The Sunnis have already rejected the constitution and the Shiites don’t appear to be overly concerned about their lack of approval. It is wishful thinking bordering on fantasy to think that these different sects will get back together and live peacefully ever after. Eventually, the Shiites will have just as much trouble controlling the Sunni areas as we do. Their occupation will not be any more effective than ours. The Kurds will drive the Arabs from Kirkuk, and the separation will be complete.

There is no Iraq. It does not exist in the minds and souls of the Sunnis, Shiites and Kurds. There will be three different countries in the place we call Iraq, whether we like it or not.

Now, the question isn’t whether our troops stay or withdraw. Neither action would help towards a long term solution because we are headed the wrong way. If we stayed a thousand years, we couldn’t keep Iraq together. If we left now, there would be instant, horrific bloodshed. Neither accomplishes anything.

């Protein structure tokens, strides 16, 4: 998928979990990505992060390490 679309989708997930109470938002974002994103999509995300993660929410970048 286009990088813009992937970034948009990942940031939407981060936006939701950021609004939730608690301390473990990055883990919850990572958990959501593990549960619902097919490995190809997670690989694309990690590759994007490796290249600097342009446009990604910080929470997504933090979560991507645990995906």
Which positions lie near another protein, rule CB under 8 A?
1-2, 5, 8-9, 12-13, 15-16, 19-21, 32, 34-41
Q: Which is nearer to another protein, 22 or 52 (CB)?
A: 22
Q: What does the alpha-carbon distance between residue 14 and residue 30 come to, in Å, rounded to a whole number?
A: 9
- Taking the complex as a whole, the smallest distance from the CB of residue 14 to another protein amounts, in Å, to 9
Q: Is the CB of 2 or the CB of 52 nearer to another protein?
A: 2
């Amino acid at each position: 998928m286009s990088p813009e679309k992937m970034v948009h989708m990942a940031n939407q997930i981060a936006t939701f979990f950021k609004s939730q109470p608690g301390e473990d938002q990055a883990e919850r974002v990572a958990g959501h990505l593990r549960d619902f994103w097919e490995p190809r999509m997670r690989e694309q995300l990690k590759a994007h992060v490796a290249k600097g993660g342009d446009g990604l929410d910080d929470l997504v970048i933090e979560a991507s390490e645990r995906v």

What we should be doing is working towards a realistic goal – a relatively peaceful transition towards three different countries in the area. We might not be able to keep these people together but we could probably help them to separate.

Of course, there are tremendous downsides to this solution. Allies like Turkey will be enraged, the Sunnis will rebel (so, what’s new) because they will be left without oil, there will be displacements and small massacres. Believe it or not, that is now the best case scenario. If you don’t believe me now, you will believe me many years from now after thousands more have perished trying to do the undoable. And then we’ll go through the painful transition I’m referring to anyway, because it is inevitable.

Of course, the real downside to this solution that is going to prevent us from doing what is necessary has nothing to do with Iraq, and everything to do with American politics. If we say now that we should split up the country, we will look like we made a mistake by going in the first place. It will be a major admission that we were wrong in thinking we could keep the country together. Our politicians would lose face. And that is the one price they are not willing to bear.